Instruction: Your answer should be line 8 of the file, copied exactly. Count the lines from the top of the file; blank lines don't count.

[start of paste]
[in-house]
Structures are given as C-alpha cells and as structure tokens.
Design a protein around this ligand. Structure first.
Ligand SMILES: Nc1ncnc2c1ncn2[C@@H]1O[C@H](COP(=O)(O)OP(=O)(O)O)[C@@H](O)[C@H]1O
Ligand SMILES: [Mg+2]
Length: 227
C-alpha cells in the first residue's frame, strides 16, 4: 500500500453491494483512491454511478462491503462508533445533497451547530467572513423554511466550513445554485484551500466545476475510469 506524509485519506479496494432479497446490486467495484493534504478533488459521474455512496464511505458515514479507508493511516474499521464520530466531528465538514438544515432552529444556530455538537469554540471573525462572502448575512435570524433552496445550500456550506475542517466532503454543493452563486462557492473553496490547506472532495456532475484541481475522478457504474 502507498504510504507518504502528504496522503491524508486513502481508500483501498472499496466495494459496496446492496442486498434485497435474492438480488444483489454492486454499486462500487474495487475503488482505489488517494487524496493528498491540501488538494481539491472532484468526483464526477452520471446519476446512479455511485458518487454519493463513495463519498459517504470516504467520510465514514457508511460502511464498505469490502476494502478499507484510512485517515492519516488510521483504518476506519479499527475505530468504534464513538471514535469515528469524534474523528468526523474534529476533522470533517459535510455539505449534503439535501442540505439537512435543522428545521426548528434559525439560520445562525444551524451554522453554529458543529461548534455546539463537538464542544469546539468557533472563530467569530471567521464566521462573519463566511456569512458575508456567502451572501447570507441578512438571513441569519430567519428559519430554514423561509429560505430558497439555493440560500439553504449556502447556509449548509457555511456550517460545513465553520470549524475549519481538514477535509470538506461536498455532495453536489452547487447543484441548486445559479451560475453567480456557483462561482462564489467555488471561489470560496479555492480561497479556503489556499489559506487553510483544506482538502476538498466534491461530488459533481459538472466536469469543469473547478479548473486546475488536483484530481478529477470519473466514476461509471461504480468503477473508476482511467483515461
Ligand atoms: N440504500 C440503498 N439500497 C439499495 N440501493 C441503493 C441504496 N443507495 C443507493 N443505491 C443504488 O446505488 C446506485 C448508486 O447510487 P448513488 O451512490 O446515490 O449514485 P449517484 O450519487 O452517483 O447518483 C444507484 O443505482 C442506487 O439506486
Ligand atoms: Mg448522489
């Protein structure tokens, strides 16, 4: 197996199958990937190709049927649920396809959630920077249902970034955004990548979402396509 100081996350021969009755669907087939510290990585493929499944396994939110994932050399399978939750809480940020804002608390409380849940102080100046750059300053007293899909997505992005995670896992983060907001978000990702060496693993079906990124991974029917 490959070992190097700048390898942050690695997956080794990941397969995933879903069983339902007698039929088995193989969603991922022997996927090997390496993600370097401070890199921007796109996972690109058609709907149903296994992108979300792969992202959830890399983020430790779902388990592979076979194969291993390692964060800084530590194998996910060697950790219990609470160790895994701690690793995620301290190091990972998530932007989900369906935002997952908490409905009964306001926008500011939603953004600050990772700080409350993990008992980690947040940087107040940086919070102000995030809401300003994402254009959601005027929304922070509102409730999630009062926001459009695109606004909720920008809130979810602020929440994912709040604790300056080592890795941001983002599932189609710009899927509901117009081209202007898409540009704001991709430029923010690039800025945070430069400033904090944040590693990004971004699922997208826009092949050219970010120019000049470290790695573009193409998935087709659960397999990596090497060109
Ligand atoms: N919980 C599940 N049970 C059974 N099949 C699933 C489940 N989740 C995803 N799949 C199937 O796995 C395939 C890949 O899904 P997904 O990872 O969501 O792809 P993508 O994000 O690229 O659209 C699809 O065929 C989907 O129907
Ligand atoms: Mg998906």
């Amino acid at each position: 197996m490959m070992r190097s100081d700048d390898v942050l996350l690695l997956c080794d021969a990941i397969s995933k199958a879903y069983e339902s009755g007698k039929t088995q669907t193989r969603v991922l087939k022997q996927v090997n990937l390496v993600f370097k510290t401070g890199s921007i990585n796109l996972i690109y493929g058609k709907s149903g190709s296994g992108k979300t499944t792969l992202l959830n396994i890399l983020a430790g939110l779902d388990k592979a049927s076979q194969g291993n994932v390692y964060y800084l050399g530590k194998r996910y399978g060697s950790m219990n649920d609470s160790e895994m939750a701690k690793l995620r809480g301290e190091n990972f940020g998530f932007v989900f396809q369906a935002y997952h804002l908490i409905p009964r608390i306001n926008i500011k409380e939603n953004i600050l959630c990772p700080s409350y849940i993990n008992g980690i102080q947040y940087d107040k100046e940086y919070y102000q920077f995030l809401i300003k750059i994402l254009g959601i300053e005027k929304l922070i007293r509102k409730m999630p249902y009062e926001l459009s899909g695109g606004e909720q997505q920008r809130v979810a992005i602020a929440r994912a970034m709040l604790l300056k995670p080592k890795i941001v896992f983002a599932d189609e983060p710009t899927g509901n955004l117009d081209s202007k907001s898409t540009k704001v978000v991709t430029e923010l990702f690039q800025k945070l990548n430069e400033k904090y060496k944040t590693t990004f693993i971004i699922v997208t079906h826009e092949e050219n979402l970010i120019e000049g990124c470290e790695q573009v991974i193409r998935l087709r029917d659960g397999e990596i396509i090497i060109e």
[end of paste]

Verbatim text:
Ligand atoms: N440504500 C440503498 N439500497 C439499495 N440501493 C441503493 C441504496 N443507495 C443507493 N443505491 C443504488 O446505488 C446506485 C448508486 O447510487 P448513488 O451512490 O446515490 O449514485 P449517484 O450519487 O452517483 O447518483 C444507484 O443505482 C442506487 O439506486